An Affordable New Way Forward


“We need to ensure that our families can afford to live here and that we manage growth to share its benefits. Austin’s spirit and soul are built upon our diverse ethnicities, seniors, students, and artists, and we are all richer for that. But we are fast becoming a city that is too expensive for many of us that live here.

“We are at a tipping point. Our unique diversity is at risk due to skyrocketing housing prices, tax and fee increases, wages that have not kept pace with the rising cost of living and a neglected middle class. Too many of our long-time residents are being priced out of their homes. It wasn’t that long ago that Austin was one of the most affordable big cities in Texas. Today we are the most expensive.  We must make Austin affordable once again.” — Mayor Steve Adler

As Mayor, my working affordability agenda includes:

1.  Lead the charge at city and state levels to lessen the excessive and unfair reliance on property taxes, especially on residential property.  We must adopt the 20 percent across-the-board property tax exemption for homesteads.  We should further reform the property tax system to make it fairer, by appropriately valuing all classes of property and removing the structural problems.

2.   Fight for relief on utility bills by addressing the rules that unfairly burden apartment renters by, for example, forcing them to underwrite more than their fair share of drainage fees.  Require Austin Energy and the Austin Water Utility to initiate long term changes in their business models that will better accommodate affordability.  Innovations such as shifting toward local distributed power generation, accelerating water re-use practices, and placing even greater emphasis on conservation will help us avoid recurrences of the massive expenditures we have seen in recent years for power generation, water supply, and conveyance.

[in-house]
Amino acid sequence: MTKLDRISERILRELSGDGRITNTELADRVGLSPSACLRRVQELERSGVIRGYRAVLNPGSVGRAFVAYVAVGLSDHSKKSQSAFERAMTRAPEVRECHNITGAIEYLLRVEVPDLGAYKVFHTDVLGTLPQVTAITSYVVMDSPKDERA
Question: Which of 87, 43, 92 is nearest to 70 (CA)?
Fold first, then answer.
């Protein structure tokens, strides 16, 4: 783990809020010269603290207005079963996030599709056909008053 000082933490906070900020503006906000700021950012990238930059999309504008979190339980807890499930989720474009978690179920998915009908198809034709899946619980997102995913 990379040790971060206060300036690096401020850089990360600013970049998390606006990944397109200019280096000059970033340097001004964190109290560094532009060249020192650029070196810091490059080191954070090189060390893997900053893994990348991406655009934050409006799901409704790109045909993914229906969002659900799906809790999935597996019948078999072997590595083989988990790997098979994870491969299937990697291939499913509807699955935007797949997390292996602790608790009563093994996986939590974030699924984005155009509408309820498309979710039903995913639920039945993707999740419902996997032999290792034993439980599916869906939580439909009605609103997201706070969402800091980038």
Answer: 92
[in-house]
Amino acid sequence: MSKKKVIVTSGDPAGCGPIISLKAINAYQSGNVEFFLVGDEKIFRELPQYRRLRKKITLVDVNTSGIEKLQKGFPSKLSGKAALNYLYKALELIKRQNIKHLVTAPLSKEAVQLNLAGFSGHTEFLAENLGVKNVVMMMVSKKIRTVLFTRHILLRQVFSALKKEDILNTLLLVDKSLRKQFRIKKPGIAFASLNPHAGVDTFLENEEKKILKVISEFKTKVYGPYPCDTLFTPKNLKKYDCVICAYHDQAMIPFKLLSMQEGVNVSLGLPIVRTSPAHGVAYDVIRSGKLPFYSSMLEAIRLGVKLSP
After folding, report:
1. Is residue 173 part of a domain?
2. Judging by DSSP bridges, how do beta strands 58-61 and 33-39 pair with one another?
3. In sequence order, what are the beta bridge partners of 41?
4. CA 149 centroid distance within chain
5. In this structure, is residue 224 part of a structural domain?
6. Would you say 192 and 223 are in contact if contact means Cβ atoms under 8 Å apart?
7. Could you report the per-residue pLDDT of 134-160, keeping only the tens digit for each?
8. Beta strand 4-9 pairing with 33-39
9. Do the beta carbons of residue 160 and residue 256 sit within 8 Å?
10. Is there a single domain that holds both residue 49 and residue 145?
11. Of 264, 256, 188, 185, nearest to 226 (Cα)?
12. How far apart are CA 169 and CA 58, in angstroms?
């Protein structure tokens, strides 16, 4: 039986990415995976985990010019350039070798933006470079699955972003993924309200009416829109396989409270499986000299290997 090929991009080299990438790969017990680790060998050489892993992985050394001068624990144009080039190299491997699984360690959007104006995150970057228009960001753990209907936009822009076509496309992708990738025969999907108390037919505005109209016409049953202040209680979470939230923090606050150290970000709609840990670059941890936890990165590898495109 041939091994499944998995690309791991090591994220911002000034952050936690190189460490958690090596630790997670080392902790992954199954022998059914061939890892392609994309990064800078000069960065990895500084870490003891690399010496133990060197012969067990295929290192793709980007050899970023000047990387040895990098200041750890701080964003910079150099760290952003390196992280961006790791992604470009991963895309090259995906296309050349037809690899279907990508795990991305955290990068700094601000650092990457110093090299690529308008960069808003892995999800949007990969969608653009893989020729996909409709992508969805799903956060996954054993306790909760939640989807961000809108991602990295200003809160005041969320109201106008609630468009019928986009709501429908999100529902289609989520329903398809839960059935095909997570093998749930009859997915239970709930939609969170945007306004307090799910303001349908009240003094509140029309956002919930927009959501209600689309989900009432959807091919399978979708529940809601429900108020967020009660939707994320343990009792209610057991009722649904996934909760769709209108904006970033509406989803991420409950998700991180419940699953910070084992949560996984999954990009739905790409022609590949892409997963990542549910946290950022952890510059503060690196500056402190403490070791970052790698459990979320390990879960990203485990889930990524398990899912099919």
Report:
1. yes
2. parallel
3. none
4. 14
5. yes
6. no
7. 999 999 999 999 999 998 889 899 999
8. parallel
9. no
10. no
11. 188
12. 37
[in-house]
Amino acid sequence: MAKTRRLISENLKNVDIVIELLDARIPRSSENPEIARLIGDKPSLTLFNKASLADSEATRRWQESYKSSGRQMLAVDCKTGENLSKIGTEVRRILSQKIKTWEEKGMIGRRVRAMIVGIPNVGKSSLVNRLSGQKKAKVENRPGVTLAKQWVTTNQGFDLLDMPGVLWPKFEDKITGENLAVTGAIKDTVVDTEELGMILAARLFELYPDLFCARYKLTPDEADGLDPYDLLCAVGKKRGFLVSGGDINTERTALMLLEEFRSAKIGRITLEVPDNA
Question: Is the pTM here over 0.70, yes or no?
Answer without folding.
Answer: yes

3.  Improve the development review and approval process by providing computerization and other critical resources, improved training and management, creation of Expedited Review Teams, and a strong emphasis on streamlined and consolidated reviews to improve customer service.

4.  Reform the policies for granting incentive subsidies to reward creation of middle class jobs, as well as training local residents to qualify for those jobs.  These policies should be broadened to provide opportunities for small businesses to participate and to allow the use of City funds to incentivize the growth of small business and the locating of jobs in urban areas outside of downtown.

5.  Convene, rally and focus the nonprofit sector to maximize and leverage private involvement and philanthropy.

6.  Advance our City’s workforce training needs and outcomes by convening a coalition of Austin Community College, local Chambers of Commerce, workforce training and empowerment organizations, employers, and local, county and state governments.

7.  Encourage growth to pay for itself.  Consider the use of available tools such as the state authorized transportation impact fee and public improvement districts so that Austin can realize a greater growth dividend.  We need growth that makes Austin more affordable, healthy, and sustainable.

8.  Advocate greater transparency and accountability in City finance.

The Challenges:
People often say there are 110 people moving to Austin every day. But that’s not the right number. It’s a net number and net numbers can often hide the truth. There are, in fact, 150 people moving to the Austin area every day. Importantly, there are also 40 people that are moving away every day.1  When people talk about Austin’s rapid growth they often cite the number of people moving in, but rarely is enough attention paid to the great number of people that are moving away. We cannot have a conversation about Austin’s future if we only discuss those moving in. We must also talk about the people that move away. With each of them, a part of Austin also moves away.